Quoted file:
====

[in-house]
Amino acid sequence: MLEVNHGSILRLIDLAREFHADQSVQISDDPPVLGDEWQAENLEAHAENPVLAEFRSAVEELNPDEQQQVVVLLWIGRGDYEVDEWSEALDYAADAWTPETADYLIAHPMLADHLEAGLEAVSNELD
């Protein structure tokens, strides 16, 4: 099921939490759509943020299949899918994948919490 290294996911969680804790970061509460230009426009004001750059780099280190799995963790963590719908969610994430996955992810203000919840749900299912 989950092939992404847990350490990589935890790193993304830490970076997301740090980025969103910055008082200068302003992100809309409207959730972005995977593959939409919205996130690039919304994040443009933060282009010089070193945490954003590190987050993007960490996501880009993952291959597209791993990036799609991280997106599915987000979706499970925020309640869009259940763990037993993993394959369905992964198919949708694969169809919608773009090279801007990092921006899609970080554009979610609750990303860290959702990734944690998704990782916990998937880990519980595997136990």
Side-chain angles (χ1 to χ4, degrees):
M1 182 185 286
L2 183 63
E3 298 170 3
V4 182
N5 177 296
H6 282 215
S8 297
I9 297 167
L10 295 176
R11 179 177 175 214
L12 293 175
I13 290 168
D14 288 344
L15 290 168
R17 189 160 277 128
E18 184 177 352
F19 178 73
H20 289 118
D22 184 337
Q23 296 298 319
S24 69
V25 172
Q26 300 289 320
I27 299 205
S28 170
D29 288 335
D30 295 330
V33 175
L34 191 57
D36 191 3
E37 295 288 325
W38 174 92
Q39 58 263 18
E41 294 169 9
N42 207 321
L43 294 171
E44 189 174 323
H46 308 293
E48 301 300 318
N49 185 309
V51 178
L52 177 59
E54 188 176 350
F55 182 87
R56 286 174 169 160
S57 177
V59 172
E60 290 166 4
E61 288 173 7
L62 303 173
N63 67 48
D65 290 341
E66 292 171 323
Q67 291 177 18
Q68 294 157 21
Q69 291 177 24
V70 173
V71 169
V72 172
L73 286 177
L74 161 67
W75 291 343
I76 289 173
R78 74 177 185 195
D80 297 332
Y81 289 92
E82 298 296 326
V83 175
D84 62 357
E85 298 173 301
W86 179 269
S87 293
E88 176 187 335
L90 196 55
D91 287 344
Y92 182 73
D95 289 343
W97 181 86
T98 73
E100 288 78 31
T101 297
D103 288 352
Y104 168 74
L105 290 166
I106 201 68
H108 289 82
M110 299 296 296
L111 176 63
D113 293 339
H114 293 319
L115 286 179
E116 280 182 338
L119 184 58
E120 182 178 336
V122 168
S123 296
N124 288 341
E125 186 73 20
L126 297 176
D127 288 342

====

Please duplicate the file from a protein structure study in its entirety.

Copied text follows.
[in-house]
Amino acid sequence: MLEVNHGSILRLIDLAREFHADQSVQISDDPPVLGDEWQAENLEAHAENPVLAEFRSAVEELNPDEQQQVVVLLWIGRGDYEVDEWSEALDYAADAWTPETADYLIAHPMLADHLEAGLEAVSNELD
């Protein structure tokens, strides 16, 4: 099921939490759509943020299949899918994948919490 290294996911969680804790970061509460230009426009004001750059780099280190799995963790963590719908969610994430996955992810203000919840749900299912 989950092939992404847990350490990589935890790193993304830490970076997301740090980025969103910055008082200068302003992100809309409207959730972005995977593959939409919205996130690039919304994040443009933060282009010089070193945490954003590190987050993007960490996501880009993952291959597209791993990036799609991280997106599915987000979706499970925020309640869009259940763990037993993993394959369905992964198919949708694969169809919608773009090279801007990092921006899609970080554009979610609750990303860290959702990734944690998704990782916990998937880990519980595997136990």
Side-chain angles (χ1 to χ4, degrees):
M1 182 185 286
L2 183 63
E3 298 170 3
V4 182
N5 177 296
H6 282 215
S8 297
I9 297 167
L10 295 176
R11 179 177 175 214
L12 293 175
I13 290 168
D14 288 344
L15 290 168
R17 189 160 277 128
E18 184 177 352
F19 178 73
H20 289 118
D22 184 337
Q23 296 298 319
S24 69
V25 172
Q26 300 289 320
I27 299 205
S28 170
D29 288 335
D30 295 330
V33 175
L34 191 57
D36 191 3
E37 295 288 325
W38 174 92
Q39 58 263 18
E41 294 169 9
N42 207 321
L43 294 171
E44 189 174 323
H46 308 293
E48 301 300 318
N49 185 309
V51 178
L52 177 59
E54 188 176 350
F55 182 87
R56 286 174 169 160
S57 177
V59 172
E60 290 166 4
E61 288 173 7
L62 303 173
N63 67 48
D65 290 341
E66 292 171 323
Q67 291 177 18
Q68 294 157 21
Q69 291 177 24
V70 173
V71 169
V72 172
L73 286 177
L74 161 67
W75 291 343
I76 289 173
R78 74 177 185 195
D80 297 332
Y81 289 92
E82 298 296 326
V83 175
D84 62 357
E85 298 173 301
W86 179 269
S87 293
E88 176 187 335
L90 196 55
D91 287 344
Y92 182 73
D95 289 343
W97 181 86
T98 73
E100 288 78 31
T101 297
D103 288 352
Y104 168 74
L105 290 166
I106 201 68
H108 289 82
M110 299 296 296
L111 176 63
D113 293 339
H114 293 319
L115 286 179
E116 280 182 338
L119 184 58
E120 182 178 336
V122 168
S123 296
N124 288 341
E125 186 73 20
L126 297 176
D127 288 342